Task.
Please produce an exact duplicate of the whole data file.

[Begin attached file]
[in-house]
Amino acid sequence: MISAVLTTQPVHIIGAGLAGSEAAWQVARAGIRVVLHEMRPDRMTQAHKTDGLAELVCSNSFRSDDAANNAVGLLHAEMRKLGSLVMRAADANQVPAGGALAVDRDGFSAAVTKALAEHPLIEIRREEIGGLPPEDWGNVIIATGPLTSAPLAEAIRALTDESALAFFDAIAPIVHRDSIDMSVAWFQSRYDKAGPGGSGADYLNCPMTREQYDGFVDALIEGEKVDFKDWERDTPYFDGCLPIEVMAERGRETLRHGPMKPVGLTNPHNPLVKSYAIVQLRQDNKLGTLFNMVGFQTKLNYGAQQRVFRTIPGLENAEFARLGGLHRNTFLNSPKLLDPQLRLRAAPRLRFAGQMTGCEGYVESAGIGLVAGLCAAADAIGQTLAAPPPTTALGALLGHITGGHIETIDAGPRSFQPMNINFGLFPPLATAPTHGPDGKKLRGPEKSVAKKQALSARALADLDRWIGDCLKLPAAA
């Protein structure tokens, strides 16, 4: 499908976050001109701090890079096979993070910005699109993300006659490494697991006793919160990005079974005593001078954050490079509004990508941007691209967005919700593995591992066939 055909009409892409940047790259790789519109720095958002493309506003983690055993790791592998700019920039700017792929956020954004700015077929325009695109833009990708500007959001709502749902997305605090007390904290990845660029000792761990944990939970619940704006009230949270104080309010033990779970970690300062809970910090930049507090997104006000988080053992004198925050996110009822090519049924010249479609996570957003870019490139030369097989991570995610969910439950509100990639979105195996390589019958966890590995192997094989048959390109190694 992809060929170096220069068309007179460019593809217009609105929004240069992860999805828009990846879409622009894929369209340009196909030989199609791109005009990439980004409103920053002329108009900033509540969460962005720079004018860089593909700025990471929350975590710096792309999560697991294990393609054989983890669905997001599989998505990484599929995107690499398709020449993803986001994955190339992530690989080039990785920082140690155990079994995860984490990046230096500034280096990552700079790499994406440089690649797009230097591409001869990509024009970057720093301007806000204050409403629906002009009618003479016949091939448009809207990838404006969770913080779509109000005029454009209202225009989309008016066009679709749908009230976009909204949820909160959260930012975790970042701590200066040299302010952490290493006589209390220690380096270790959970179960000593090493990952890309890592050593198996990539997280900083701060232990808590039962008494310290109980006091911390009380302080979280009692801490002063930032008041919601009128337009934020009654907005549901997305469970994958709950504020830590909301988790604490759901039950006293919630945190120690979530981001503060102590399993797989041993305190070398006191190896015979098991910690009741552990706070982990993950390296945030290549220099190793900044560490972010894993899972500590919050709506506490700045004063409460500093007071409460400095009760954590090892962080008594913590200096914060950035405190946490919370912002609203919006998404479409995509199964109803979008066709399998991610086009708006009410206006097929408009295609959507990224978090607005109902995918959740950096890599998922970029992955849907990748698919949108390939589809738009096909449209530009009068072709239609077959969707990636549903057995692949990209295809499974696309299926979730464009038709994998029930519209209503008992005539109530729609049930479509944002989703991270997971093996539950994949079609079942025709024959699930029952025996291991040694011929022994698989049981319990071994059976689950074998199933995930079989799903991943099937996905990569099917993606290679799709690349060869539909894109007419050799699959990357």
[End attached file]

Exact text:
[in-house]
Amino acid sequence: MISAVLTTQPVHIIGAGLAGSEAAWQVARAGIRVVLHEMRPDRMTQAHKTDGLAELVCSNSFRSDDAANNAVGLLHAEMRKLGSLVMRAADANQVPAGGALAVDRDGFSAAVTKALAEHPLIEIRREEIGGLPPEDWGNVIIATGPLTSAPLAEAIRALTDESALAFFDAIAPIVHRDSIDMSVAWFQSRYDKAGPGGSGADYLNCPMTREQYDGFVDALIEGEKVDFKDWERDTPYFDGCLPIEVMAERGRETLRHGPMKPVGLTNPHNPLVKSYAIVQLRQDNKLGTLFNMVGFQTKLNYGAQQRVFRTIPGLENAEFARLGGLHRNTFLNSPKLLDPQLRLRAAPRLRFAGQMTGCEGYVESAGIGLVAGLCAAADAIGQTLAAPPPTTALGALLGHITGGHIETIDAGPRSFQPMNINFGLFPPLATAPTHGPDGKKLRGPEKSVAKKQALSARALADLDRWIGDCLKLPAAA
């Protein structure tokens, strides 16, 4: 499908976050001109701090890079096979993070910005699109993300006659490494697991006793919160990005079974005593001078954050490079509004990508941007691209967005919700593995591992066939 055909009409892409940047790259790789519109720095958002493309506003983690055993790791592998700019920039700017792929956020954004700015077929325009695109833009990708500007959001709502749902997305605090007390904290990845660029000792761990944990939970619940704006009230949270104080309010033990779970970690300062809970910090930049507090997104006000988080053992004198925050996110009822090519049924010249479609996570957003870019490139030369097989991570995610969910439950509100990639979105195996390589019958966890590995192997094989048959390109190694 992809060929170096220069068309007179460019593809217009609105929004240069992860999805828009990846879409622009894929369209340009196909030989199609791109005009990439980004409103920053002329108009900033509540969460962005720079004018860089593909700025990471929350975590710096792309999560697991294990393609054989983890669905997001599989998505990484599929995107690499398709020449993803986001994955190339992530690989080039990785920082140690155990079994995860984490990046230096500034280096990552700079790499994406440089690649797009230097591409001869990509024009970057720093301007806000204050409403629906002009009618003479016949091939448009809207990838404006969770913080779509109000005029454009209202225009989309008016066009679709749908009230976009909204949820909160959260930012975790970042701590200066040299302010952490290493006589209390220690380096270790959970179960000593090493990952890309890592050593198996990539997280900083701060232990808590039962008494310290109980006091911390009380302080979280009692801490002063930032008041919601009128337009934020009654907005549901997305469970994958709950504020830590909301988790604490759901039950006293919630945190120690979530981001503060102590399993797989041993305190070398006191190896015979098991910690009741552990706070982990993950390296945030290549220099190793900044560490972010894993899972500590919050709506506490700045004063409460500093007071409460400095009760954590090892962080008594913590200096914060950035405190946490919370912002609203919006998404479409995509199964109803979008066709399998991610086009708006009410206006097929408009295609959507990224978090607005109902995918959740950096890599998922970029992955849907990748698919949108390939589809738009096909449209530009009068072709239609077959969707990636549903057995692949990209295809499974696309299926979730464009038709994998029930519209209503008992005539109530729609049930479509944002989703991270997971093996539950994949079609079942025709024959699930029952025996291991040694011929022994698989049981319990071994059976689950074998199933995930079989799903991943099937996905990569099917993606290679799709690349060869539909894109007419050799699959990357």